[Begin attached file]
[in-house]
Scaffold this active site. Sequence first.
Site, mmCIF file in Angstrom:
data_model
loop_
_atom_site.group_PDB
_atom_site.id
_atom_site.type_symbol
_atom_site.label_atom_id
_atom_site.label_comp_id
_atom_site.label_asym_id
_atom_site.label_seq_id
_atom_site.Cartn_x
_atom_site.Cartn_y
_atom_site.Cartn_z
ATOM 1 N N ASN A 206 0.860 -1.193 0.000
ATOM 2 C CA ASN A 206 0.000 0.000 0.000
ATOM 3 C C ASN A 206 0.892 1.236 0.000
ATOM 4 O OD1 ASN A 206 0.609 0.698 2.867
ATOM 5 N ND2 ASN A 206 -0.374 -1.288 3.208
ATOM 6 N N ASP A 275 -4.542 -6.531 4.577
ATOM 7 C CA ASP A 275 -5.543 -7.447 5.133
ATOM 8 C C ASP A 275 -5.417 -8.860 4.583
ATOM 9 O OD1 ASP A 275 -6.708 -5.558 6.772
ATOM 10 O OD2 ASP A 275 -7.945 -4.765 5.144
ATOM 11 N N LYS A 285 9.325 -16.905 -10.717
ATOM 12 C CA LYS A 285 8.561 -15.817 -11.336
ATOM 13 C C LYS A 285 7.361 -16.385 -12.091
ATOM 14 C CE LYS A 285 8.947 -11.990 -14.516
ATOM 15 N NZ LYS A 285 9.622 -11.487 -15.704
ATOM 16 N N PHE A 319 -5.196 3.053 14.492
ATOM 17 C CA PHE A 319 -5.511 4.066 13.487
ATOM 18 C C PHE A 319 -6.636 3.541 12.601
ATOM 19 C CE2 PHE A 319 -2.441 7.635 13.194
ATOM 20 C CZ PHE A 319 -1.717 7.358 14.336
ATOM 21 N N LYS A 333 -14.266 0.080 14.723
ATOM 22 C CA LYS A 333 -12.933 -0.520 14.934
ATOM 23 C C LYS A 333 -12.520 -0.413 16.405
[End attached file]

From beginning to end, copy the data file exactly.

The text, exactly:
[in-house]
Scaffold this active site. Sequence first.
Site, mmCIF file in Angstrom:
data_model
loop_
_atom_site.group_PDB
_atom_site.id
_atom_site.type_symbol
_atom_site.label_atom_id
_atom_site.label_comp_id
_atom_site.label_asym_id
_atom_site.label_seq_id
_atom_site.Cartn_x
_atom_site.Cartn_y
_atom_site.Cartn_z
ATOM 1 N N ASN A 206 0.860 -1.193 0.000
ATOM 2 C CA ASN A 206 0.000 0.000 0.000
ATOM 3 C C ASN A 206 0.892 1.236 0.000
ATOM 4 O OD1 ASN A 206 0.609 0.698 2.867
ATOM 5 N ND2 ASN A 206 -0.374 -1.288 3.208
ATOM 6 N N ASP A 275 -4.542 -6.531 4.577
ATOM 7 C CA ASP A 275 -5.543 -7.447 5.133
ATOM 8 C C ASP A 275 -5.417 -8.860 4.583
ATOM 9 O OD1 ASP A 275 -6.708 -5.558 6.772
ATOM 10 O OD2 ASP A 275 -7.945 -4.765 5.144
ATOM 11 N N LYS A 285 9.325 -16.905 -10.717
ATOM 12 C CA LYS A 285 8.561 -15.817 -11.336
ATOM 13 C C LYS A 285 7.361 -16.385 -12.091
ATOM 14 C CE LYS A 285 8.947 -11.990 -14.516
ATOM 15 N NZ LYS A 285 9.622 -11.487 -15.704
ATOM 16 N N PHE A 319 -5.196 3.053 14.492
ATOM 17 C CA PHE A 319 -5.511 4.066 13.487
ATOM 18 C C PHE A 319 -6.636 3.541 12.601
ATOM 19 C CE2 PHE A 319 -2.441 7.635 13.194
ATOM 20 C CZ PHE A 319 -1.717 7.358 14.336
ATOM 21 N N LYS A 333 -14.266 0.080 14.723
ATOM 22 C CA LYS A 333 -12.933 -0.520 14.934
ATOM 23 C C LYS A 333 -12.520 -0.413 16.405